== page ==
A lei dos rendimentos decrescentes dos “emoticons” e o fator “neurocultural”

Eis uma notícia que me trouxe uma informação nova: o autor do primeiro “emoticon” é um sujeito cuja identidade se conhece.

Smilies are so 1990s. Emoticons have evolved to another level in Taiwan after users started making their own animated GIF files and swapping them through chat programs such as the popular MSN Messenger.

Emoticons have an extra twist in this country — instead of a parenthetical aside, emoticons are now replacing Chinese characters as a part of the sentence.

And while Chinese language academics see this trend, along with the “martian language” (火星文) phenomenon — in which letters and numbers are used to create the sounds of words — as another sign of the fallen state of the Chinese language among the young, users can’t seem to get enough of the elaborate emoticons for every occasion.

Indeed, it’s been more than 25 years since US computer scientist Scott Elliot Fahlman came up with the idea of stringing together a colon, a dash and a parenthesis sign to make a “smiley face.”

According to Fahlman’s original post on the Carnegie Mellon online bulletin board on Sept. 19, 1982, he thought the sequence of characters could function as a “joke marker” for online conversations that get too heated.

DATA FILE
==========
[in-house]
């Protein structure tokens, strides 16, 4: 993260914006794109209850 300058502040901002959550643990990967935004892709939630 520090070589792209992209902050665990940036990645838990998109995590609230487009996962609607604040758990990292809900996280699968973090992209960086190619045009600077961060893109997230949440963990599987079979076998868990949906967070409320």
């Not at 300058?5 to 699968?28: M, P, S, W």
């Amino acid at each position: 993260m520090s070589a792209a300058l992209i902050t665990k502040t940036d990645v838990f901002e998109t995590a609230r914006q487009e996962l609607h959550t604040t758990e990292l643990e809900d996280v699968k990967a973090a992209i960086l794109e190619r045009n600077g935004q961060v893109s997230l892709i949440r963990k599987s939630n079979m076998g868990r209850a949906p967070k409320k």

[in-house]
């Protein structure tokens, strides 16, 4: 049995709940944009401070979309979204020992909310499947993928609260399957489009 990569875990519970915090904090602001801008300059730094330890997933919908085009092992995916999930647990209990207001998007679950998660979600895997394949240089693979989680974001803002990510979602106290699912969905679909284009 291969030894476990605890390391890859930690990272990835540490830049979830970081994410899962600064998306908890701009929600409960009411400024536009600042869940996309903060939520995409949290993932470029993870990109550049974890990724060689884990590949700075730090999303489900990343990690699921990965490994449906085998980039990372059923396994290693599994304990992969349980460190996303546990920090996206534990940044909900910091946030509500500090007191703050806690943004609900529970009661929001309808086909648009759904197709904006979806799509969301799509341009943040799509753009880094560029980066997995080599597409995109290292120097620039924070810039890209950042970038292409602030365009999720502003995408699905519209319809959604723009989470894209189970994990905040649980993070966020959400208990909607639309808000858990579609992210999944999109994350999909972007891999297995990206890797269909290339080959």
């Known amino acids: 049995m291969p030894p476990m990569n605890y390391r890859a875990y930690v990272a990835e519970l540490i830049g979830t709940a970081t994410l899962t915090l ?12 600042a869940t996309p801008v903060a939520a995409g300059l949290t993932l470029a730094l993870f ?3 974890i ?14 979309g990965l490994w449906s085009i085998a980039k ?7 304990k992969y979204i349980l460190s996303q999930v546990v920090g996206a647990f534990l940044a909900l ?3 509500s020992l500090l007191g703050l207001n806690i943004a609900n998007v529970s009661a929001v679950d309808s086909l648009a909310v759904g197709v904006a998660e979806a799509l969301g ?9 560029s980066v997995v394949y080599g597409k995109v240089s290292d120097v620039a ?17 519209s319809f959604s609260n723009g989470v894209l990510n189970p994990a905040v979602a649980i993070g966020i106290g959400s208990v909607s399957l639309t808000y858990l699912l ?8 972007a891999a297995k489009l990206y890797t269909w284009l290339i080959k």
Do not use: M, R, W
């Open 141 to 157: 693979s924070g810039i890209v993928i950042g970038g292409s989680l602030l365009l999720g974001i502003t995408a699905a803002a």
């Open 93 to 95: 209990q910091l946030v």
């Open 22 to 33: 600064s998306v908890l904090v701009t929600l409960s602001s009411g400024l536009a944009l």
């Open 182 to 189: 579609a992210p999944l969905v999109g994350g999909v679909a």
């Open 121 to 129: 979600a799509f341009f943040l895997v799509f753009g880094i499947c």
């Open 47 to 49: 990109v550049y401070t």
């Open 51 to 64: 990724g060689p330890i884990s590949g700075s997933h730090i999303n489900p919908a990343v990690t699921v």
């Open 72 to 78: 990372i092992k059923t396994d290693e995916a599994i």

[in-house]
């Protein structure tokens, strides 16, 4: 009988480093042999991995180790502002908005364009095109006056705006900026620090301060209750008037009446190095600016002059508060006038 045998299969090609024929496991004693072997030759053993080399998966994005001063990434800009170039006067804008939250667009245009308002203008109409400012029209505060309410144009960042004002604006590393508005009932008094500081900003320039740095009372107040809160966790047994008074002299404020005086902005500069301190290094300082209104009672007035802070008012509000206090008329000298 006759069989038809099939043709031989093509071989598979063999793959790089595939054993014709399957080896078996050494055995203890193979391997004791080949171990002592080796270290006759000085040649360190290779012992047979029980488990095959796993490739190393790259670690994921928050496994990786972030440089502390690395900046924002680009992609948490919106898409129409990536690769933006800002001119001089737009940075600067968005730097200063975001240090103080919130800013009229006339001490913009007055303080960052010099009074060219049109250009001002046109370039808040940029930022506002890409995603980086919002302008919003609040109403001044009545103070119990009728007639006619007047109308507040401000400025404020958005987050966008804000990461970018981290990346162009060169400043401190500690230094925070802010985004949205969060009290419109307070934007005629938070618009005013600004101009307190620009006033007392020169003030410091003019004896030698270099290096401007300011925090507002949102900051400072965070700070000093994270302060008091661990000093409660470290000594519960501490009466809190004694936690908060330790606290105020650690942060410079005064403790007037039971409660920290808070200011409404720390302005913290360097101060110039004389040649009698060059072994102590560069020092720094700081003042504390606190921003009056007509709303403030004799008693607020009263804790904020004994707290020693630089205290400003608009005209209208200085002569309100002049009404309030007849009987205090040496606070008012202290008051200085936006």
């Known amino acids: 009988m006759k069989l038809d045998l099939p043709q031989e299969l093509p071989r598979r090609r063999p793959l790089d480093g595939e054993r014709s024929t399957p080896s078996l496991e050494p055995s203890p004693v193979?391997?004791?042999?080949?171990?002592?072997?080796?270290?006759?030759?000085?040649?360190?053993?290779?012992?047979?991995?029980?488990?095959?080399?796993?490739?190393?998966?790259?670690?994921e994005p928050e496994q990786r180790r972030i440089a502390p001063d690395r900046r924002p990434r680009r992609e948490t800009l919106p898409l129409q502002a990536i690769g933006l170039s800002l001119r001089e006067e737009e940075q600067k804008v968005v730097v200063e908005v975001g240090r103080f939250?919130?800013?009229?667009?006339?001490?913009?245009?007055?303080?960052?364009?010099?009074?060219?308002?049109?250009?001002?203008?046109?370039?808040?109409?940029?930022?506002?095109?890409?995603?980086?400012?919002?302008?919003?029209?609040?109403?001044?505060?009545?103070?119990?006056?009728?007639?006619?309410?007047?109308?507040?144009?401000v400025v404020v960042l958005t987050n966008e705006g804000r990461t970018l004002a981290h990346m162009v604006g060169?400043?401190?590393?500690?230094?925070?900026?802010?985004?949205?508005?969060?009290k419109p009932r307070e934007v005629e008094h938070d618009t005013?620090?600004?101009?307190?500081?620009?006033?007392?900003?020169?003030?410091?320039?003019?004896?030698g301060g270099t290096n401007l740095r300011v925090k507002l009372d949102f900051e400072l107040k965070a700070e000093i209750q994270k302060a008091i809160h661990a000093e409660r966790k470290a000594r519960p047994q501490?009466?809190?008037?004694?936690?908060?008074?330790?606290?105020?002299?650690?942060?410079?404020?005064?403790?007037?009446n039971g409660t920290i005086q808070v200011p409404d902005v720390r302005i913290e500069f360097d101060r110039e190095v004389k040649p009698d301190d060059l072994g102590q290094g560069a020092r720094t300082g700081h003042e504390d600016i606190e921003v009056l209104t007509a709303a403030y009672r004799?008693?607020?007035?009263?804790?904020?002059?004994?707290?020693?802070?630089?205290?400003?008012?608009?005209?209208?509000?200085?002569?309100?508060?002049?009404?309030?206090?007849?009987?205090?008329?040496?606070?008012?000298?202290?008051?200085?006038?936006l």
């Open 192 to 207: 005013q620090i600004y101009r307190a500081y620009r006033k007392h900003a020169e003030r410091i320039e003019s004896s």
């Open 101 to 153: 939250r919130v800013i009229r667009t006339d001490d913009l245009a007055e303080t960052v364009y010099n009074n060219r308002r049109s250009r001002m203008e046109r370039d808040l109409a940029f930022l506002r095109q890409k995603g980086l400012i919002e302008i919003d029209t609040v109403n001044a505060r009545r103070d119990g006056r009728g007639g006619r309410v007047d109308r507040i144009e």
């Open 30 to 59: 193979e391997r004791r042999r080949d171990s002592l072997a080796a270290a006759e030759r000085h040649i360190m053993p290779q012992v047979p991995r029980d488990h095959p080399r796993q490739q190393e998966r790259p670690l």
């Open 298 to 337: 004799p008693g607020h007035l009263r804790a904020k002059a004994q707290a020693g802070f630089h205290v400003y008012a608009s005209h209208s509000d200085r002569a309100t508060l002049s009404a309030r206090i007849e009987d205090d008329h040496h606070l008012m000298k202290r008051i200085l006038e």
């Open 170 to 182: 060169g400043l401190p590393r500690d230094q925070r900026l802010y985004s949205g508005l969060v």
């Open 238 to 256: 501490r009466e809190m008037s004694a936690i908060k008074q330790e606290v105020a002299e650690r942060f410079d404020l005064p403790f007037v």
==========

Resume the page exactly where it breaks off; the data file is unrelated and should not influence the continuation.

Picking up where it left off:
“Read it sideways,” advised Fahlman in the original post, retrieved after a massive verification effort digging through old archives.

A notícia prossegue citando o novo “onionhead”.

When Annie types the Chinese character for “no” her friends see a GIF animation of a man shaking his head.

Each sentence she types in IM might automatically bring up three or four such “picture language” icons.

“Friends have complained that I use too many icons when I chat on MSN,” Annie said. “However, I don’t think it’s that hard to guess what I’m saying given the context. If they still can’t figure it out, they can always right click to find out what the picture is meant to say.”

“That’s exactly what I find the most obnoxious about picture language users,” Nokimi said. “Their desire to try something novel wastes my time.”

O quanto e como passar uma informação, em uma conversa de “chat” é uma decisão individual, claro. Mas há que se lembrar do óbvio: exagero pode causar mais danos do que benefícios. O legal é saber que o tal Fahlman é quem começou tudo.

Ah sim, há uma notícia sobre a diferença de “emoticons” no Japão e no Ocidente, neste blog (originalmente, aqui). Um trecho:

Across two studies, using computerized icons and human images, the researchers compared how Japanese and American cultures interpreted images, which conveyed a range of emotions.

“These findings go against the popular theory that the facial expressions of basic emotions can be universally recognized,” said University of Alberta researcher Dr. Takahiko Masuda. “A person’s culture plays a very strong role in determining how they will perceive emotions and needs to be considered when interpreting facial expression”

Para mim, a pergunta interessante é: o que, no cérebro, faz com que esta “cultura” sobre percepções de linguagem corporal, seja diferente entre os povos.